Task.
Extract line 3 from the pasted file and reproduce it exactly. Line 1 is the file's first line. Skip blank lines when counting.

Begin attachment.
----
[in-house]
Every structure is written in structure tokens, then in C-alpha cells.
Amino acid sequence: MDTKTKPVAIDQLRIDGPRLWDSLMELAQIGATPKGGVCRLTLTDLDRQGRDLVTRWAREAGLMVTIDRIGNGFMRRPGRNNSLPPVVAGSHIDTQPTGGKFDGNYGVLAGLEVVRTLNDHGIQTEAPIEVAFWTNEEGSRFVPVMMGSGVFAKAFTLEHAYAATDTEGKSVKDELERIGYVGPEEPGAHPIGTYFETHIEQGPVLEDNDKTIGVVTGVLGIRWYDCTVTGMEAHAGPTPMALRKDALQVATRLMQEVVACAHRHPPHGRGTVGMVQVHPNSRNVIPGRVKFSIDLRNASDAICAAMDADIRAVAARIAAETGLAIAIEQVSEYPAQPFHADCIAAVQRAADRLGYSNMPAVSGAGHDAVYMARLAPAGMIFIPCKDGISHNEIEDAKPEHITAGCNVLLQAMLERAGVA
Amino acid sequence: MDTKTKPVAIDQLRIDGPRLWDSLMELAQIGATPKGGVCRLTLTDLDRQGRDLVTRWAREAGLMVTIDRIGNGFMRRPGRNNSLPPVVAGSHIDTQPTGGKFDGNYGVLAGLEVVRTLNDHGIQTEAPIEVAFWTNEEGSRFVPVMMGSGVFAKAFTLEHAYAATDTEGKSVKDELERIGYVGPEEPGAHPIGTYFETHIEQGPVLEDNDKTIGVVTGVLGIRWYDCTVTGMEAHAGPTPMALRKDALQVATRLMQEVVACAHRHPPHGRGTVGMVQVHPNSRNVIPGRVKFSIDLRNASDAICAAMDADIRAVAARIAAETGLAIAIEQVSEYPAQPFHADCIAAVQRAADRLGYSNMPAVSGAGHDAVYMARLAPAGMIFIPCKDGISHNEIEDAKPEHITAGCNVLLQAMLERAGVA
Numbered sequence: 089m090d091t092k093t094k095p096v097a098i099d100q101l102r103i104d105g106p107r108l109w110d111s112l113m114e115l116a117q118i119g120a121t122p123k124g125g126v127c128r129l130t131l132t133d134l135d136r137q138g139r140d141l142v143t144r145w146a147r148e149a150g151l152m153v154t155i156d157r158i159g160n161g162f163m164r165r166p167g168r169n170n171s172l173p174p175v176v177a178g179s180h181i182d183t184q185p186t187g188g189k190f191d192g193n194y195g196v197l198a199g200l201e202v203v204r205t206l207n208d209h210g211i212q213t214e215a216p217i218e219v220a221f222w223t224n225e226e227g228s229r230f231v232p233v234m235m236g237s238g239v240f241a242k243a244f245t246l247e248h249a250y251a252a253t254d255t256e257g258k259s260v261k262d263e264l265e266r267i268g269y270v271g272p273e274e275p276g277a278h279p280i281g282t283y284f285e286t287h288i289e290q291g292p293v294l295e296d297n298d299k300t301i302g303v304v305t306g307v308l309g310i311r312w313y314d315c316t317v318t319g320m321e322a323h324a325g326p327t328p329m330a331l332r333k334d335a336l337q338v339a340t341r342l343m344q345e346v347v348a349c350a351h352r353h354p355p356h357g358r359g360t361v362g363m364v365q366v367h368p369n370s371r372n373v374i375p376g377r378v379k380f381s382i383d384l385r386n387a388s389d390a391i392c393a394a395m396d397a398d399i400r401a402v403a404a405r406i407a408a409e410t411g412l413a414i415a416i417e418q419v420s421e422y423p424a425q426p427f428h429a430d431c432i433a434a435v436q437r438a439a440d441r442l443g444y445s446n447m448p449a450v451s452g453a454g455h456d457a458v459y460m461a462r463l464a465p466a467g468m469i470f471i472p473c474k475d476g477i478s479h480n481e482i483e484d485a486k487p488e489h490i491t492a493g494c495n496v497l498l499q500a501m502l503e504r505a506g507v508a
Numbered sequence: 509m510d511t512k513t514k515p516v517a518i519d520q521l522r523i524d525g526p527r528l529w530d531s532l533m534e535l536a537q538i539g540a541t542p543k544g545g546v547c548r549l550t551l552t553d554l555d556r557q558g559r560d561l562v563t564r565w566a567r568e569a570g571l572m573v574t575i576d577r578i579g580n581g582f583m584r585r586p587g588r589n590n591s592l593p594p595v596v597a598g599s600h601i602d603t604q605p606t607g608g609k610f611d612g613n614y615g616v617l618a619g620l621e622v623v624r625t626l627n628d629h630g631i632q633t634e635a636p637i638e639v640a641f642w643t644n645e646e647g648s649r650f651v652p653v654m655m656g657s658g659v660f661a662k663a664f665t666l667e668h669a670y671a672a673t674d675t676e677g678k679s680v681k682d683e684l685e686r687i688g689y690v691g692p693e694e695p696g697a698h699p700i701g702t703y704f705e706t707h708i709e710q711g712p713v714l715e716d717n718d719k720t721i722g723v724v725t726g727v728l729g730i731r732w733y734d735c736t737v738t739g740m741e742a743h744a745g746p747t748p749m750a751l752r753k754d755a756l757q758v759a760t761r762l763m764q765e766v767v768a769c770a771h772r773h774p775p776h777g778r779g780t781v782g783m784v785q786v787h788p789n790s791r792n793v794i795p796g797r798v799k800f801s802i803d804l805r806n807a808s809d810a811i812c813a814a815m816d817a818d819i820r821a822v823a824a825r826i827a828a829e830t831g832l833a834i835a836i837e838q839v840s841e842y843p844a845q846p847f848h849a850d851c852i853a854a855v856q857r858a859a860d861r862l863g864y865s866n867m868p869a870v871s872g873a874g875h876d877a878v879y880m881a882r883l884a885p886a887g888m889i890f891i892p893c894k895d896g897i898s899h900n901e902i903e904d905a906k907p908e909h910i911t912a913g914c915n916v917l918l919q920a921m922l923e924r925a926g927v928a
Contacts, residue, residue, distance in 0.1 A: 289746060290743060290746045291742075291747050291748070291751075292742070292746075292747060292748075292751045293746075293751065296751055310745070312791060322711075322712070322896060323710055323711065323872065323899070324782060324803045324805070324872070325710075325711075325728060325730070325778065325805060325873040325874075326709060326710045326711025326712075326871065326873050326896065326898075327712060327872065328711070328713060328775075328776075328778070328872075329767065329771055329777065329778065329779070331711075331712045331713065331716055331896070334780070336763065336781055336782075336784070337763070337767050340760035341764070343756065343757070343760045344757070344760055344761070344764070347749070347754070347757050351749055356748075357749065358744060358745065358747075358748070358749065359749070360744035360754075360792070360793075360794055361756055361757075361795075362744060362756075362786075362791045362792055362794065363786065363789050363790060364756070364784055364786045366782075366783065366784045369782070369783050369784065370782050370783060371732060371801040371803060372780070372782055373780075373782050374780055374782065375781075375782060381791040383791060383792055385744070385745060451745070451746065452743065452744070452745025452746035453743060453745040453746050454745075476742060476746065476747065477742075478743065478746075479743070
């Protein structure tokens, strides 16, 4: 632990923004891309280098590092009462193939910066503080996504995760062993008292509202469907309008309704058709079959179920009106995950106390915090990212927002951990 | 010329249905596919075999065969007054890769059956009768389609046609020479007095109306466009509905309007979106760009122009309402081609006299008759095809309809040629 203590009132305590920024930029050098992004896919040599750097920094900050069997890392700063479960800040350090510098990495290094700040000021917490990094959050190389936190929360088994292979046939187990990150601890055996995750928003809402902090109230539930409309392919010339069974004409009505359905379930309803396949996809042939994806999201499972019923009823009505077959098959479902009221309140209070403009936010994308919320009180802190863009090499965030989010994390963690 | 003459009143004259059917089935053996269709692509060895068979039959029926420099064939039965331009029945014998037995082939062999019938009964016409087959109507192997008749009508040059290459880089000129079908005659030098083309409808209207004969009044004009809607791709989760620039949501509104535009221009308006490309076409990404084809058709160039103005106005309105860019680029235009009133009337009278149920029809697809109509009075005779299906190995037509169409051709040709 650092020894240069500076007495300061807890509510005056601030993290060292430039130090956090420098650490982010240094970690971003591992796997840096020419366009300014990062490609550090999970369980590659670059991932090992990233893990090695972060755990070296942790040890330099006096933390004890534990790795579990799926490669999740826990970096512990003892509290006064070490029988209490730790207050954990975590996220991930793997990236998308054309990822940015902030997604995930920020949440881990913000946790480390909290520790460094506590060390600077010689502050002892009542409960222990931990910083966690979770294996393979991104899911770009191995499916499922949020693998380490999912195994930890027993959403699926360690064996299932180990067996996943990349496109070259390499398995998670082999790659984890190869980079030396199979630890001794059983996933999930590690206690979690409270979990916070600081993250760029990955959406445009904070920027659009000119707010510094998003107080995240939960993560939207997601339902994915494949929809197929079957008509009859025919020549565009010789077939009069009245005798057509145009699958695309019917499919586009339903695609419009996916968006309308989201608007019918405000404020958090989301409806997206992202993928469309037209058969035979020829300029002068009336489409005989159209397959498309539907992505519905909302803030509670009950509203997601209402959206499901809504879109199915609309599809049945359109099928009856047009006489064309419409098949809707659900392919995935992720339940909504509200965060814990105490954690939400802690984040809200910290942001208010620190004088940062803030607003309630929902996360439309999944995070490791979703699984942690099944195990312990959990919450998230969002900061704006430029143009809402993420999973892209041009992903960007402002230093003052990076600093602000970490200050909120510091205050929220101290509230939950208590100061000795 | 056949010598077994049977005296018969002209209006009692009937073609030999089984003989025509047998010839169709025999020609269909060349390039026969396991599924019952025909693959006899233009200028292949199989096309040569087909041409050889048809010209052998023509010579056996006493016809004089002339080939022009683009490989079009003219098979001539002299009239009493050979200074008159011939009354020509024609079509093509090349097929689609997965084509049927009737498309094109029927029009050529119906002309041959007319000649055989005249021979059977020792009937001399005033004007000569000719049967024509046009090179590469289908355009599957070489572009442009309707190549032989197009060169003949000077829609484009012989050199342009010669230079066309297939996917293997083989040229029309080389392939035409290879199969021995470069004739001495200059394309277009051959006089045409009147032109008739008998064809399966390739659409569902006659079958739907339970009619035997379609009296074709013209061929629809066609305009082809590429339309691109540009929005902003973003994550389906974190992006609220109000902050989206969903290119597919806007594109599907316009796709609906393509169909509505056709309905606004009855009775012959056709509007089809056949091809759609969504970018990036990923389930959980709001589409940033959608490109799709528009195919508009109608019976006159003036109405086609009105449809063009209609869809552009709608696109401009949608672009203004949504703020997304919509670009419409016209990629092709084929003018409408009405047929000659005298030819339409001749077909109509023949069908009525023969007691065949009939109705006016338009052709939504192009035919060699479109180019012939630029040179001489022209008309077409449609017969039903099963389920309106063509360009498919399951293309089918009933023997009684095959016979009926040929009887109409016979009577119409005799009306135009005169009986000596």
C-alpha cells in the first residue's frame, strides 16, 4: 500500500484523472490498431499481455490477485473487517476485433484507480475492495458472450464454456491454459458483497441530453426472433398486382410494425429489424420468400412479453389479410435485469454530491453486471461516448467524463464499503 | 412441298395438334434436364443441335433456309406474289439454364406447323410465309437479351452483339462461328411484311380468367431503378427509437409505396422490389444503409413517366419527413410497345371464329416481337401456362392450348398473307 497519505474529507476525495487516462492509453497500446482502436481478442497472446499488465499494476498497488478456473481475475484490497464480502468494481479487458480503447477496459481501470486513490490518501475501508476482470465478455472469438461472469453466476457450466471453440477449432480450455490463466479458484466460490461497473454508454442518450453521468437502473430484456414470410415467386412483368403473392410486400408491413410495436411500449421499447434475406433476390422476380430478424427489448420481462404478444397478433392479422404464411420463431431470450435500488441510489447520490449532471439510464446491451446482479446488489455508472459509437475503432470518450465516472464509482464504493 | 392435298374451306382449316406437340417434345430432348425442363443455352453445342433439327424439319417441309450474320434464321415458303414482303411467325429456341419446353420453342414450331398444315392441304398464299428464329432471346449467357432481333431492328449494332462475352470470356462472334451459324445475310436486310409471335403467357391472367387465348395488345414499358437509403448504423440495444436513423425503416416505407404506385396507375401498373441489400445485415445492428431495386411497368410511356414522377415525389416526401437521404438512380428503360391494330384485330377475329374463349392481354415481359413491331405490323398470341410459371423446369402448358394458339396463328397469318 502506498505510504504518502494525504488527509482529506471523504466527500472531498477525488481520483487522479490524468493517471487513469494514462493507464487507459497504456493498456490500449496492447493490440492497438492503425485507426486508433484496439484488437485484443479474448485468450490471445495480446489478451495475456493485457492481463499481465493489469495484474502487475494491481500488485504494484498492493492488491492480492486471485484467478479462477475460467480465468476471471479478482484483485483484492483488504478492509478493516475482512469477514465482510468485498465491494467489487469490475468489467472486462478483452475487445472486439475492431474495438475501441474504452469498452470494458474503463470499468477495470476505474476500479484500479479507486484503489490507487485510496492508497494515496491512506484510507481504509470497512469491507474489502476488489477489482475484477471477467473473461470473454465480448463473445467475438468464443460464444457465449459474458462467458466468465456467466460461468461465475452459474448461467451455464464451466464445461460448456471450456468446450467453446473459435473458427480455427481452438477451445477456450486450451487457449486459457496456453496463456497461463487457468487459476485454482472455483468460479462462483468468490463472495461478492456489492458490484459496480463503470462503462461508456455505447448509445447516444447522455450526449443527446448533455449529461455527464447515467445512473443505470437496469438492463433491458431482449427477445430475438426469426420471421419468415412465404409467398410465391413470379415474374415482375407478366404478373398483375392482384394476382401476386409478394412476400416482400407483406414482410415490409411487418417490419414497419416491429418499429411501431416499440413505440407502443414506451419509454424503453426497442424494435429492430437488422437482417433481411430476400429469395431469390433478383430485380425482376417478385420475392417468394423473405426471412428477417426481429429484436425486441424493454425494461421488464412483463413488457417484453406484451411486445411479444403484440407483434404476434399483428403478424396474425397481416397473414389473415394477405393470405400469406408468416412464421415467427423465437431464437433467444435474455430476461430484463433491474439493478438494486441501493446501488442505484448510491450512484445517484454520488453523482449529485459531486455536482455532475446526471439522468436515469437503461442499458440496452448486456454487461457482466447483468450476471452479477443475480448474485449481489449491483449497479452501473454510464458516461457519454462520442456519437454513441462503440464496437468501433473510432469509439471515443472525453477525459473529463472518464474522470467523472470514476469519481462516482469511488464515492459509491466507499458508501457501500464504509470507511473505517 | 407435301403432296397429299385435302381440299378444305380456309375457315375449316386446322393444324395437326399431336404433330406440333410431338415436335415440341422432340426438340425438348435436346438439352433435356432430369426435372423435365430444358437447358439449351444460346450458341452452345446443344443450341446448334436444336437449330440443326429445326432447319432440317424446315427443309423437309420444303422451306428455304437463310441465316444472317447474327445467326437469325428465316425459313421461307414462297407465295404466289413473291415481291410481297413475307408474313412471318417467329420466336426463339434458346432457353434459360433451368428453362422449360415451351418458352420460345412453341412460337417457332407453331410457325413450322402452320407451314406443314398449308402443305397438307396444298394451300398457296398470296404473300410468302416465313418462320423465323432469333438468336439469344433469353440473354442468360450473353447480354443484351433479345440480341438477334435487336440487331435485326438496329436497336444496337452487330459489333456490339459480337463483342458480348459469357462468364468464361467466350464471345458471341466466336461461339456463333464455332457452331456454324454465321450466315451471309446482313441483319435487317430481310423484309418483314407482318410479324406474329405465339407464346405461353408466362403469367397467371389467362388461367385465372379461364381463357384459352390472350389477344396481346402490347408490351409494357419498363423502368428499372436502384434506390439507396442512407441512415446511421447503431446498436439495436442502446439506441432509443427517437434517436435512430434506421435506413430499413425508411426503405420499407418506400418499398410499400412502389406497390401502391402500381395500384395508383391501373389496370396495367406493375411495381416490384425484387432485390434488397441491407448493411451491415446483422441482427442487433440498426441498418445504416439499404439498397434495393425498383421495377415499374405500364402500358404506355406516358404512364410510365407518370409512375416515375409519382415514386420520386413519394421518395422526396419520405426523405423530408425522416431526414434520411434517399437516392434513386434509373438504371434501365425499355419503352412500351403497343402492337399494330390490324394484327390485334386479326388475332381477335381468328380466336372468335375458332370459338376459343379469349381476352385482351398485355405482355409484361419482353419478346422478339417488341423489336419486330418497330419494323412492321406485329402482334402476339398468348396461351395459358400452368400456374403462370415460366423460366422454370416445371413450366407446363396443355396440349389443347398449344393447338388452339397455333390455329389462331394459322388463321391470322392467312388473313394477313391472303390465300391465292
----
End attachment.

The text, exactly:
Amino acid sequence: MDTKTKPVAIDQLRIDGPRLWDSLMELAQIGATPKGGVCRLTLTDLDRQGRDLVTRWAREAGLMVTIDRIGNGFMRRPGRNNSLPPVVAGSHIDTQPTGGKFDGNYGVLAGLEVVRTLNDHGIQTEAPIEVAFWTNEEGSRFVPVMMGSGVFAKAFTLEHAYAATDTEGKSVKDELERIGYVGPEEPGAHPIGTYFETHIEQGPVLEDNDKTIGVVTGVLGIRWYDCTVTGMEAHAGPTPMALRKDALQVATRLMQEVVACAHRHPPHGRGTVGMVQVHPNSRNVIPGRVKFSIDLRNASDAICAAMDADIRAVAARIAAETGLAIAIEQVSEYPAQPFHADCIAAVQRAADRLGYSNMPAVSGAGHDAVYMARLAPAGMIFIPCKDGISHNEIEDAKPEHITAGCNVLLQAMLERAGVA